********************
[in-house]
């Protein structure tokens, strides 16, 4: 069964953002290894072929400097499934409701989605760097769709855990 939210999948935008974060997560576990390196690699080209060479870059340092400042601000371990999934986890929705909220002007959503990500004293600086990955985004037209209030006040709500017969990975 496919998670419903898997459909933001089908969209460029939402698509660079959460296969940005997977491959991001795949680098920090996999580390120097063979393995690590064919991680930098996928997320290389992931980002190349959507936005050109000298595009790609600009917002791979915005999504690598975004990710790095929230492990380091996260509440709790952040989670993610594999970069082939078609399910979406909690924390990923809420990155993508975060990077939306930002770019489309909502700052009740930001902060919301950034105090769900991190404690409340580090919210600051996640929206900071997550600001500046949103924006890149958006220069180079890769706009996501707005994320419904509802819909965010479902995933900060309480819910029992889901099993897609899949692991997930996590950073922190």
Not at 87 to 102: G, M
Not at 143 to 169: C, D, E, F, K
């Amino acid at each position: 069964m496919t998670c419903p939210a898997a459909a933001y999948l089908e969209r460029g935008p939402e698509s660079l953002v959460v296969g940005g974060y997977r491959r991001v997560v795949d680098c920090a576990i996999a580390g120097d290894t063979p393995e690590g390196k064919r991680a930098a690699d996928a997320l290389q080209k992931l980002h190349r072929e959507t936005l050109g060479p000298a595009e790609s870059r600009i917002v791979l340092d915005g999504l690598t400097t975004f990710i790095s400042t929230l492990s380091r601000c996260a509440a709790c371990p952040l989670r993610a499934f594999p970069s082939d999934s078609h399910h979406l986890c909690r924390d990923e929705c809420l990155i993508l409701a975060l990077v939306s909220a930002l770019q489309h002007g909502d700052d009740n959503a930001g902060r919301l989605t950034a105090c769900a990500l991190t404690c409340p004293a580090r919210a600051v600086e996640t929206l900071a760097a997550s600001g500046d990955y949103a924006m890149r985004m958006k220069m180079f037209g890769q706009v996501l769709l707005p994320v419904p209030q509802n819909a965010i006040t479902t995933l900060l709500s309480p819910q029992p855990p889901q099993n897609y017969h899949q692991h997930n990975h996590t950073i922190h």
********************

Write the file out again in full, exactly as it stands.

[in-house]
């Protein structure tokens, strides 16, 4: 069964953002290894072929400097499934409701989605760097769709855990 939210999948935008974060997560576990390196690699080209060479870059340092400042601000371990999934986890929705909220002007959503990500004293600086990955985004037209209030006040709500017969990975 496919998670419903898997459909933001089908969209460029939402698509660079959460296969940005997977491959991001795949680098920090996999580390120097063979393995690590064919991680930098996928997320290389992931980002190349959507936005050109000298595009790609600009917002791979915005999504690598975004990710790095929230492990380091996260509440709790952040989670993610594999970069082939078609399910979406909690924390990923809420990155993508975060990077939306930002770019489309909502700052009740930001902060919301950034105090769900991190404690409340580090919210600051996640929206900071997550600001500046949103924006890149958006220069180079890769706009996501707005994320419904509802819909965010479902995933900060309480819910029992889901099993897609899949692991997930996590950073922190």
Not at 87 to 102: G, M
Not at 143 to 169: C, D, E, F, K
């Amino acid at each position: 069964m496919t998670c419903p939210a898997a459909a933001y999948l089908e969209r460029g935008p939402e698509s660079l953002v959460v296969g940005g974060y997977r491959r991001v997560v795949d680098c920090a576990i996999a580390g120097d290894t063979p393995e690590g390196k064919r991680a930098a690699d996928a997320l290389q080209k992931l980002h190349r072929e959507t936005l050109g060479p000298a595009e790609s870059r600009i917002v791979l340092d915005g999504l690598t400097t975004f990710i790095s400042t929230l492990s380091r601000c996260a509440a709790c371990p952040l989670r993610a499934f594999p970069s082939d999934s078609h399910h979406l986890c909690r924390d990923e929705c809420l990155i993508l409701a975060l990077v939306s909220a930002l770019q489309h002007g909502d700052d009740n959503a930001g902060r919301l989605t950034a105090c769900a990500l991190t404690c409340p004293a580090r919210a600051v600086e996640t929206l900071a760097a997550s600001g500046d990955y949103a924006m890149r985004m958006k220069m180079f037209g890769q706009v996501l769709l707005p994320v419904p209030q509802n819909a965010i006040t479902t995933l900060l709500s309480p819910q029992p855990p889901q099993n897609y017969h899949q692991h997930n990975h996590t950073i922190h």